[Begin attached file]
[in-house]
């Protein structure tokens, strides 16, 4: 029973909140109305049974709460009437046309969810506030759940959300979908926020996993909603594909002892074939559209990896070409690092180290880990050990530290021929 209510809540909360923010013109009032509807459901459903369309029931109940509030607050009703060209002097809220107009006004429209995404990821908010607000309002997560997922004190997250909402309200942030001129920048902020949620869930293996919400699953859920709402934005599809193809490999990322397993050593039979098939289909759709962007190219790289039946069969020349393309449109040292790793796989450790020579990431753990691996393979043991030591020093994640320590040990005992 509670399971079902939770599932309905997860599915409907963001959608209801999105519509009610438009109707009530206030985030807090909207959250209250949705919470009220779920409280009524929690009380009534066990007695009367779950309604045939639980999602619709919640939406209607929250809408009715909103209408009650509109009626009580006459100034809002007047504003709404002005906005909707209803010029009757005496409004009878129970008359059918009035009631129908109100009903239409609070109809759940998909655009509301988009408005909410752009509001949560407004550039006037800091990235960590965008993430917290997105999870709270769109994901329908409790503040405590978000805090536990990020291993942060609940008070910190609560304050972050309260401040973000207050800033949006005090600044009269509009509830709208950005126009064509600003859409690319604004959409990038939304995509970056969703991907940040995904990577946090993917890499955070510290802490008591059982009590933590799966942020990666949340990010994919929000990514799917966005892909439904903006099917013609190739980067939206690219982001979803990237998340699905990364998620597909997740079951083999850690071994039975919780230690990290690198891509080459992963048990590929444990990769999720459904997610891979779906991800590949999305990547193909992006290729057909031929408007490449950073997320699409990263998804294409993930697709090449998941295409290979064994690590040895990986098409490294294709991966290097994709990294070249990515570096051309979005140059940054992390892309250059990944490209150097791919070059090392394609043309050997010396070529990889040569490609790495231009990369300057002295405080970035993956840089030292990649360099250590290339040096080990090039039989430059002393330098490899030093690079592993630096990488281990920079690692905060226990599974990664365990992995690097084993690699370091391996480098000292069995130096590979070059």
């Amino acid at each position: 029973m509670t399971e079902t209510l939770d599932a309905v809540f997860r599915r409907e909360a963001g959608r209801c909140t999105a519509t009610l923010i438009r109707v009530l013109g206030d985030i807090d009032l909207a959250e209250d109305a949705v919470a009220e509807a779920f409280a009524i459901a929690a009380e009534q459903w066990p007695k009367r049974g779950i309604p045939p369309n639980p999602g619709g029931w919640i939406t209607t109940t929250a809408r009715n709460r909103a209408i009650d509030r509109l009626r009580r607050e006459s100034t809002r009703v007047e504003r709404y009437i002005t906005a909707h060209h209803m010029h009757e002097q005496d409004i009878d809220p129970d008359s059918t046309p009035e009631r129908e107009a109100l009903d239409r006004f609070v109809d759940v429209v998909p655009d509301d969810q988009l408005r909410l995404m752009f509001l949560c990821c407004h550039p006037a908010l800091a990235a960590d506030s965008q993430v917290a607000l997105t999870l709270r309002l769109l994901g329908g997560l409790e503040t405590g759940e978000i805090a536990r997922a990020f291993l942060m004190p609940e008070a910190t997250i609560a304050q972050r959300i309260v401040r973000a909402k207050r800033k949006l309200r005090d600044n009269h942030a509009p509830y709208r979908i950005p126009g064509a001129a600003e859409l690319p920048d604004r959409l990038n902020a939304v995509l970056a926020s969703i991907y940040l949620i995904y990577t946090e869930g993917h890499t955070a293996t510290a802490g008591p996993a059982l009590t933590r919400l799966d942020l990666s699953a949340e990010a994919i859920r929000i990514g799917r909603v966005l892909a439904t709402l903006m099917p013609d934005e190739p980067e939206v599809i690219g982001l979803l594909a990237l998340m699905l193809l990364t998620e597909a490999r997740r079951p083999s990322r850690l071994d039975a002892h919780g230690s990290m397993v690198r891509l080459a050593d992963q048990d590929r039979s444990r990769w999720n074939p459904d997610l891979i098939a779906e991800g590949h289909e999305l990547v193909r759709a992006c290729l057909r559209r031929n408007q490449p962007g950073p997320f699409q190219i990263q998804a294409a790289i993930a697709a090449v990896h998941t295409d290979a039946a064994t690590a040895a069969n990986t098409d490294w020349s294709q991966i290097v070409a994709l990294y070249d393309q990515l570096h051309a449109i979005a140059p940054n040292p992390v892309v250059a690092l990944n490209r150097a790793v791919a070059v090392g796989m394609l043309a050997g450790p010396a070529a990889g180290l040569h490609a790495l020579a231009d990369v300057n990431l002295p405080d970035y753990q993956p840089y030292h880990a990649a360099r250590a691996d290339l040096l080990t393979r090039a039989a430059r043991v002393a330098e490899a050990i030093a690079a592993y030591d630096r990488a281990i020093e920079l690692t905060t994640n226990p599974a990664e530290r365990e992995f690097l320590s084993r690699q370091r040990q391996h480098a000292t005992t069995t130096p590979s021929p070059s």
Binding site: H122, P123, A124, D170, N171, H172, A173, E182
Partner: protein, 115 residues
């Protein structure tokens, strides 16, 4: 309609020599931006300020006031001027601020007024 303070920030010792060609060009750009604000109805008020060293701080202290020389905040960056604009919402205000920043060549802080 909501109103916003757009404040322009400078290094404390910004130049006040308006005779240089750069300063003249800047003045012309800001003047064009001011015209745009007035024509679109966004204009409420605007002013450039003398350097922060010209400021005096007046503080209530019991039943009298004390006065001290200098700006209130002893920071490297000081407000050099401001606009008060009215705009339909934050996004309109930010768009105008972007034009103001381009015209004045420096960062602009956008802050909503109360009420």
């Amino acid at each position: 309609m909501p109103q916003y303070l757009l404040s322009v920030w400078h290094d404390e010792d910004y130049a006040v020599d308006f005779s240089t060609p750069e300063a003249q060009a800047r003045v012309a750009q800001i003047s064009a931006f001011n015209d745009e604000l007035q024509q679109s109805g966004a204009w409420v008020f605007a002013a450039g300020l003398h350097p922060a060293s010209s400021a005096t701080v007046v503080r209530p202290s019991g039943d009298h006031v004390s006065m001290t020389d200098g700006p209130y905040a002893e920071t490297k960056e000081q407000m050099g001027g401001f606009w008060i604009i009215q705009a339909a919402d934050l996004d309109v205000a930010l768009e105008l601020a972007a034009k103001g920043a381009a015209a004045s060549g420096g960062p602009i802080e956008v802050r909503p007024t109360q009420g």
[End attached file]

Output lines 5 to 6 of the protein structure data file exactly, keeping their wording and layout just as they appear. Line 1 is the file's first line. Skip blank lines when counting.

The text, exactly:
Partner: protein, 115 residues
């Protein structure tokens, strides 16, 4: 309609020599931006300020006031001027601020007024 303070920030010792060609060009750009604000109805008020060293701080202290020389905040960056604009919402205000920043060549802080 909501109103916003757009404040322009400078290094404390910004130049006040308006005779240089750069300063003249800047003045012309800001003047064009001011015209745009007035024509679109966004204009409420605007002013450039003398350097922060010209400021005096007046503080209530019991039943009298004390006065001290200098700006209130002893920071490297000081407000050099401001606009008060009215705009339909934050996004309109930010768009105008972007034009103001381009015209004045420096960062602009956008802050909503109360009420």